The statement by Boko Haram admitting responsibility for abducting over 200 Nigerian schoolgirls is a belated admission of responsibility for a heinous crime and takes the desperate campaign to rescue the girls to a new level.
We now know that the girls, who are prisoners of the terrorists, are seen as sex slaves to be sold off in child marriage against their will. And we now know that the fears of their parents – that they could be trafficked and dispersed across Africa — are real.
Last week I called on the UK Government to offer the Nigerian government the satellite or air surveillance needed to locate the girls in the remote forests of the Borno State. This request, which is also with the US Government, whose Secretary of State John Kerry has already generously offered all possible assistance, needs urgent action if we are to prevent the girls being sent into other countries never to be seen again.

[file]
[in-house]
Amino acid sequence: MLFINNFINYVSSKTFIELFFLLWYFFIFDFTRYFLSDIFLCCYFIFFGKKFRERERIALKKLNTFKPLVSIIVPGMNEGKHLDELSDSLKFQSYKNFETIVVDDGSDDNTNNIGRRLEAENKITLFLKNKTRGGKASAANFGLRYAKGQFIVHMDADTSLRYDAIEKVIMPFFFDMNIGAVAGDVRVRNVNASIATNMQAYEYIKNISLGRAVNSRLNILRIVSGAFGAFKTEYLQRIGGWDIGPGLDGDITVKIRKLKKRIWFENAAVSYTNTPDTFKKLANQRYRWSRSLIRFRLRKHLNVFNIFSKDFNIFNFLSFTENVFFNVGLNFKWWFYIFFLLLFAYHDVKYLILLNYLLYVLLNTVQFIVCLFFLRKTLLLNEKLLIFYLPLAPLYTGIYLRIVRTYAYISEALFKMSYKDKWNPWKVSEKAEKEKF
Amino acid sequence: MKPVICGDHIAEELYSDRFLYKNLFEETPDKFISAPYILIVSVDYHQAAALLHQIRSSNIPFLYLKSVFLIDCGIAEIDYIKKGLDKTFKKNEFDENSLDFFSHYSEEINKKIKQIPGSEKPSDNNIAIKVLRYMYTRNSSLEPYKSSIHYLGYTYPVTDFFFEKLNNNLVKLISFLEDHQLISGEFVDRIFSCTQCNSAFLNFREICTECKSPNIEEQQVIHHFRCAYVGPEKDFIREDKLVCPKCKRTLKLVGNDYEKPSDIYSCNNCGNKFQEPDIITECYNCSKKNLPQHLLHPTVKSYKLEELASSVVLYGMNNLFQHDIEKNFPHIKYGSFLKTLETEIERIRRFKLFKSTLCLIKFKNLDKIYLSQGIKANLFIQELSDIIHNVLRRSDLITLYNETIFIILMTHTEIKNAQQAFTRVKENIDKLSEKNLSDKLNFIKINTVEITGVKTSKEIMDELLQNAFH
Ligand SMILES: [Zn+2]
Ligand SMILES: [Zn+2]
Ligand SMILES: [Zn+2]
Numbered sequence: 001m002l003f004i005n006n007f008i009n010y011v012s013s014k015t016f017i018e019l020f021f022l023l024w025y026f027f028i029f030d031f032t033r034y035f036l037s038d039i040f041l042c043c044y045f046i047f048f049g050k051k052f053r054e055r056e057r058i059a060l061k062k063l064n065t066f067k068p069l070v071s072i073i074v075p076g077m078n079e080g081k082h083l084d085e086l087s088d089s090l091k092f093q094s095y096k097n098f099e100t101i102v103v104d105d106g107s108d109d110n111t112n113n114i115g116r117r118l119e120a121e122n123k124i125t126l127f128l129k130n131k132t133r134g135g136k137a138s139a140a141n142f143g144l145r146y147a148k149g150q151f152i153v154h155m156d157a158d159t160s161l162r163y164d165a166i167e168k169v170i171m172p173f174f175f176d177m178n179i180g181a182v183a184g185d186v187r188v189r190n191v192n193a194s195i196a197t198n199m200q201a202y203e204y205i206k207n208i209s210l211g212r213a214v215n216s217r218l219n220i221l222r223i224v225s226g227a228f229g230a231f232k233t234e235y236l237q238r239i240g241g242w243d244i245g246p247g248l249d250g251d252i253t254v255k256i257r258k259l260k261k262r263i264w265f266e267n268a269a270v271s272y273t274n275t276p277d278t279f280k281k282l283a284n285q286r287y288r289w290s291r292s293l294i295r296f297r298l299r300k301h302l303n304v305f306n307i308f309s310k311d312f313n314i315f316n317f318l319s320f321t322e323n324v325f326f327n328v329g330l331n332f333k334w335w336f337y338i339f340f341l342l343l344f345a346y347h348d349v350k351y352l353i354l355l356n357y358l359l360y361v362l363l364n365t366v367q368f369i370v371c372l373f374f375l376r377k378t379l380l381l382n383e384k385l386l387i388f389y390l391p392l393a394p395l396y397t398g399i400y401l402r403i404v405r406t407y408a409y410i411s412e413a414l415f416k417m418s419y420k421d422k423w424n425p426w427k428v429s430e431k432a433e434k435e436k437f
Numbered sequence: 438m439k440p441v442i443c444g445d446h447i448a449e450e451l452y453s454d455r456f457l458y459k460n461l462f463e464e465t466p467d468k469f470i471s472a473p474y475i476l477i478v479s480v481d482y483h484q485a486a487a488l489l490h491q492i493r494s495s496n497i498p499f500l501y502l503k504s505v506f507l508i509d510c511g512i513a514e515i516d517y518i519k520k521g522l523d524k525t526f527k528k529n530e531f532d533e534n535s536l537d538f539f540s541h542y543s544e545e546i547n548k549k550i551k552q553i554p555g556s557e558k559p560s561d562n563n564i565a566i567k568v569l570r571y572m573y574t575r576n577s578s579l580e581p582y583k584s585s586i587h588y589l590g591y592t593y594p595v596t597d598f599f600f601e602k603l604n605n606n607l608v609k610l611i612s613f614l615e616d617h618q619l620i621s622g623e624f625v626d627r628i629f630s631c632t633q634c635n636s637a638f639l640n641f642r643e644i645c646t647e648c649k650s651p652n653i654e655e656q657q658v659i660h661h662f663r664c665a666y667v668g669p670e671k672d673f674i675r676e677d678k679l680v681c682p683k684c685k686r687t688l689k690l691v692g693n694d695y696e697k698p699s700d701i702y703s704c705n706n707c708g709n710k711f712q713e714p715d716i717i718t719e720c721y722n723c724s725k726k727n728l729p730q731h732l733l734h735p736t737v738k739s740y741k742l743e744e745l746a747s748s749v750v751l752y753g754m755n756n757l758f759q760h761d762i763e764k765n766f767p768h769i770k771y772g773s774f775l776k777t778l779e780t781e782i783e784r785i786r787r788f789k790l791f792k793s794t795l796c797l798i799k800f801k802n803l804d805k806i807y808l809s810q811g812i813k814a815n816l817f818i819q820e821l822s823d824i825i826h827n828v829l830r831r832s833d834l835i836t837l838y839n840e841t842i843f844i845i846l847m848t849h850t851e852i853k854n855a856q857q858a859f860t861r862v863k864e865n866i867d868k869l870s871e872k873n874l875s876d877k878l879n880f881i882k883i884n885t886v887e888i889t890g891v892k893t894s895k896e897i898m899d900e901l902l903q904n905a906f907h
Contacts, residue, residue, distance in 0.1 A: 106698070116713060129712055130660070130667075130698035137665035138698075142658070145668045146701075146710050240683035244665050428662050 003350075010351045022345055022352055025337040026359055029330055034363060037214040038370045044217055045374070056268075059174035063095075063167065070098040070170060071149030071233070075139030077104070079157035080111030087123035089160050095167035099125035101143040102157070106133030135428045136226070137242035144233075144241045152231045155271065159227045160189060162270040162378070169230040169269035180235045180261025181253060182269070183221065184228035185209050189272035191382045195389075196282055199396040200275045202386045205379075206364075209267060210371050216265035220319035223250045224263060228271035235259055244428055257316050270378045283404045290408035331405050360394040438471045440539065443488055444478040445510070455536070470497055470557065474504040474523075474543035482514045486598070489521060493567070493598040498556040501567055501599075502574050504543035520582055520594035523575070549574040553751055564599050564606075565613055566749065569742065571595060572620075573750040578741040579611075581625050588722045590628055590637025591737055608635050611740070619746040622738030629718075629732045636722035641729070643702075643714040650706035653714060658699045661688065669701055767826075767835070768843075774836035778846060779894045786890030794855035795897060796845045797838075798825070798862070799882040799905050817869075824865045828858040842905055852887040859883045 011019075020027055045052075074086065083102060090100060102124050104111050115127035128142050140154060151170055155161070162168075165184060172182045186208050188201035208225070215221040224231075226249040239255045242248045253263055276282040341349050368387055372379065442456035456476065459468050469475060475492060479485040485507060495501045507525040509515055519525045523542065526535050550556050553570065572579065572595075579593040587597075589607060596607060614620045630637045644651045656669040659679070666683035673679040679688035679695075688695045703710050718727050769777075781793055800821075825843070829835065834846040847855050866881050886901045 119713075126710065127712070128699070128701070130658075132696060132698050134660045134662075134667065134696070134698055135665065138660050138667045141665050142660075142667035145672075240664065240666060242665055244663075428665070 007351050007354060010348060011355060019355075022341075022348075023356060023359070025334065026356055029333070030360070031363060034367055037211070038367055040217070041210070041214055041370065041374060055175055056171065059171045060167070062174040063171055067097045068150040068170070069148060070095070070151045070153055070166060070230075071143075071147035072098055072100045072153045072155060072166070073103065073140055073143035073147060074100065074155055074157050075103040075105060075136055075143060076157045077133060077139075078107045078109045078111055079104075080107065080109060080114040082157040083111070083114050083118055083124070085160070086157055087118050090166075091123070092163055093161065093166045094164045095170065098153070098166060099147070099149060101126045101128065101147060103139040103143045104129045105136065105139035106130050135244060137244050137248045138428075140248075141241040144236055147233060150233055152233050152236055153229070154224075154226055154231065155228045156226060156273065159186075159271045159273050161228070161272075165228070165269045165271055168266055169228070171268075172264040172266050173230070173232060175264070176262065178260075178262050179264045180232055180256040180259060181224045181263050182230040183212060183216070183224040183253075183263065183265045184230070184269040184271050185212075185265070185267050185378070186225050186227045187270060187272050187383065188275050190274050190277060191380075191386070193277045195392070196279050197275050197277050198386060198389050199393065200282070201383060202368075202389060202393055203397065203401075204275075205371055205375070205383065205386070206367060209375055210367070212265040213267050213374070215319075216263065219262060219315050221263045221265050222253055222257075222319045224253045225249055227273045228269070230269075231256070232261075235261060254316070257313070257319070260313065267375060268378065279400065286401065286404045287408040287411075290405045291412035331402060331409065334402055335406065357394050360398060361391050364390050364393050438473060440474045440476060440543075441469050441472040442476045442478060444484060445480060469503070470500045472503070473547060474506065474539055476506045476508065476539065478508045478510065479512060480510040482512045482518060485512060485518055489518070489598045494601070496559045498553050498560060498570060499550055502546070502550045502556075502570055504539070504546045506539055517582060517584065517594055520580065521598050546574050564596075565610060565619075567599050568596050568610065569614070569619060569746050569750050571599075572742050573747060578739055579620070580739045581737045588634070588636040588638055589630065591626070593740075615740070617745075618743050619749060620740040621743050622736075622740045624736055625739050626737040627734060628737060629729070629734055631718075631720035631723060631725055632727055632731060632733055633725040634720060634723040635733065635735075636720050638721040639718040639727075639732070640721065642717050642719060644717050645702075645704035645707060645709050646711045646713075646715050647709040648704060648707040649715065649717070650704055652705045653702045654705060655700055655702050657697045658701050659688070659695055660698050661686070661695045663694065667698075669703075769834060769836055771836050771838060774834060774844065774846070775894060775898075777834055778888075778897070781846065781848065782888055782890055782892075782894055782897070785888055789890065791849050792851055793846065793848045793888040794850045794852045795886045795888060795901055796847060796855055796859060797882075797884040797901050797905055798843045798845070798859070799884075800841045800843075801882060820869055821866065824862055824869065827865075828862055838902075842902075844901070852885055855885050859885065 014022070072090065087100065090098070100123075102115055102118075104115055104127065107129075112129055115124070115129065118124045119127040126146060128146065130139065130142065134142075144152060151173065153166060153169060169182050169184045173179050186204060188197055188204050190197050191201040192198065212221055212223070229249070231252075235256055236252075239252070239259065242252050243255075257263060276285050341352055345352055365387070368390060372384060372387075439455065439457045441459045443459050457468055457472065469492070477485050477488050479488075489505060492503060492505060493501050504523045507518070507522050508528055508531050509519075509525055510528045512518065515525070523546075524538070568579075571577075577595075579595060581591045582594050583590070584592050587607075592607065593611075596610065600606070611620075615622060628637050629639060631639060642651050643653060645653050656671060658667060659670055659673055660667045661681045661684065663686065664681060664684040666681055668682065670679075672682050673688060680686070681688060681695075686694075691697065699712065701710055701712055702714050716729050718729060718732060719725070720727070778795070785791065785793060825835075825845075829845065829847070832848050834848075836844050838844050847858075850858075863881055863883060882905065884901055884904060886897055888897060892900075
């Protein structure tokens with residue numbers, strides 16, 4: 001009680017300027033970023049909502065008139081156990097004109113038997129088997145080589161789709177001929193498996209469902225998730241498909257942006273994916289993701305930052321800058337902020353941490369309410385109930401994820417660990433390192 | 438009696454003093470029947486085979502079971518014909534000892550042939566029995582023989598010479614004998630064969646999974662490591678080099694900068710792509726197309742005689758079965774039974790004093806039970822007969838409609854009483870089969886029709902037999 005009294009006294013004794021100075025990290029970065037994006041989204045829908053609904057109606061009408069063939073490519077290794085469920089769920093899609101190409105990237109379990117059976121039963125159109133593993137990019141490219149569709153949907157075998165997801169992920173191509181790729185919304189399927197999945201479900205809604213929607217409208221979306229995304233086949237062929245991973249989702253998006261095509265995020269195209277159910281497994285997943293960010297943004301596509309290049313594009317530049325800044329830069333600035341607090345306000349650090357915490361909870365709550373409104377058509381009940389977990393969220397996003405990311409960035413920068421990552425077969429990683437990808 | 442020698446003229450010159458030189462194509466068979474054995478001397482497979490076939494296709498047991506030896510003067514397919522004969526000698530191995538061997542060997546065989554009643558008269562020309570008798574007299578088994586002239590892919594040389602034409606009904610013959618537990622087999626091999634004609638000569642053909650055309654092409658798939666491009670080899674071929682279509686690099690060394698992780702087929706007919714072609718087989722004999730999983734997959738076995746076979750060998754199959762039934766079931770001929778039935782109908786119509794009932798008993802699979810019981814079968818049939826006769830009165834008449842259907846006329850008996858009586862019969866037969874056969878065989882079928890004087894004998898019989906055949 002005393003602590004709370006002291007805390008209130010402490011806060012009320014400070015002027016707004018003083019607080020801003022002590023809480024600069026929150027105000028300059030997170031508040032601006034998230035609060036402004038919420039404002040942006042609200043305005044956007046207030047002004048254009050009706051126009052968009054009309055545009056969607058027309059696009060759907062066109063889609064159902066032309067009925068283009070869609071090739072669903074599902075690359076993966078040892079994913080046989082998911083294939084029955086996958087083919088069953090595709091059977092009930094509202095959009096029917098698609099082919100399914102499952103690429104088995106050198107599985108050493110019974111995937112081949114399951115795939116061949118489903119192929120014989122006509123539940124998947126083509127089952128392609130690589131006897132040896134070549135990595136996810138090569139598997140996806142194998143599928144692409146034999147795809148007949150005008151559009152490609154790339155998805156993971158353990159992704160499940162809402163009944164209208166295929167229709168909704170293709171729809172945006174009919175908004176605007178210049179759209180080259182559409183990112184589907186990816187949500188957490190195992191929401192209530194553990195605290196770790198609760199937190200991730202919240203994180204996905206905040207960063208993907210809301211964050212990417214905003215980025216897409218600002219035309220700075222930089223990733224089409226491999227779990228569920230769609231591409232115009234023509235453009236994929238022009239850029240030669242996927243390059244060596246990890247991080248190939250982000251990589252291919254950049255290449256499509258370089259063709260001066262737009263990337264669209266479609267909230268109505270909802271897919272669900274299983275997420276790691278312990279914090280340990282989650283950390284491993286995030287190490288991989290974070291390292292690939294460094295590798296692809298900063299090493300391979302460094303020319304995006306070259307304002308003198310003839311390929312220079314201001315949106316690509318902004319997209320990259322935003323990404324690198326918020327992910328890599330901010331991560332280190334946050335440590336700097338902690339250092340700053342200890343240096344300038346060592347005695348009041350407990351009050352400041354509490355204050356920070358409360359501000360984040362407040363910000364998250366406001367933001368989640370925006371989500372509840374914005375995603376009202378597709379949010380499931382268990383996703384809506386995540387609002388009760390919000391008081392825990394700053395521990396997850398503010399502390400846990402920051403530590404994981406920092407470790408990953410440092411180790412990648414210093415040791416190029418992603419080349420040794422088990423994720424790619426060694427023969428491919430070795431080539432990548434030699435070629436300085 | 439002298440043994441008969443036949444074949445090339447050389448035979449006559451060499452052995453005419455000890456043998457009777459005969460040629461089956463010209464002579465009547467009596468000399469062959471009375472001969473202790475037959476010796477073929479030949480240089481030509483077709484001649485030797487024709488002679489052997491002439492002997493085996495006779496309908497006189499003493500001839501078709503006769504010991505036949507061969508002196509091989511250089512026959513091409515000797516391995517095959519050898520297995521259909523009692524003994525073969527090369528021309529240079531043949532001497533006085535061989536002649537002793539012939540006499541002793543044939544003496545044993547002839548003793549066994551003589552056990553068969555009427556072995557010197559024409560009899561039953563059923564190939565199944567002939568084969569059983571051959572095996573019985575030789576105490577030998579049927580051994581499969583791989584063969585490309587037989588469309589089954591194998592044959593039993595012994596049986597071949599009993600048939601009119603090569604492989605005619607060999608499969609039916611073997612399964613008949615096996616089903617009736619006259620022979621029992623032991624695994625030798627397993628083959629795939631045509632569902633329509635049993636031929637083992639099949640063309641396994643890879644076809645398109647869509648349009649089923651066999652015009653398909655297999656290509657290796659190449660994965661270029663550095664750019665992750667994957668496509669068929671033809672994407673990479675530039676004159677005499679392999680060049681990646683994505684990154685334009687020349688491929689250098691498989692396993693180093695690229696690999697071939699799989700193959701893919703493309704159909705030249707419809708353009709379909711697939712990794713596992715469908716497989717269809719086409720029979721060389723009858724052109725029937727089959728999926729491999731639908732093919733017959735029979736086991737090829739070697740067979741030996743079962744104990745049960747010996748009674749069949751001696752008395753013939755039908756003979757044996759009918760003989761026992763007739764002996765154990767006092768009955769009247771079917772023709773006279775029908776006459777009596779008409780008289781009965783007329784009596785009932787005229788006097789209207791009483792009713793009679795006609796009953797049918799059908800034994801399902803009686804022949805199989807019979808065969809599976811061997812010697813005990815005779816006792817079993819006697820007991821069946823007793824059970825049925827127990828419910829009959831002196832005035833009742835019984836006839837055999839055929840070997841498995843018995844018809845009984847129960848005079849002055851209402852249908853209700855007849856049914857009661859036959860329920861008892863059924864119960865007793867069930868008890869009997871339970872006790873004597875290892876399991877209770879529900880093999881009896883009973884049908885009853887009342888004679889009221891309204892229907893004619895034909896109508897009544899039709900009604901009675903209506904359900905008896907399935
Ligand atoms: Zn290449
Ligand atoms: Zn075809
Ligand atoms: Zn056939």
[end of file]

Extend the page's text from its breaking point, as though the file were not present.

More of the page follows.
As part of my work as UN Special Envoy for Global Education, I am traveling to Nigeria to offer the Nigerian Government all the backing that the international community can give as they take on this terrorist group whose name literally means ‘Western education is forbidden’ and who have already claimed the lives of 4,000 in four years. Like millions around the world, I sympathize with the parents whose two-week-long nightmare continues unabated.
Their banner ‘Bring Back our Daughters’ challenges all of us to do all we can to help. Girls should be able to go to school without being in fear of their lives. It is up to us to help make this basic demand a reality once again for Nigeria’s missing girls.
Sign the “Bring Back Our Girls” petition to show your support for the safe return of the missing girls and protection of education for all Nigerian children.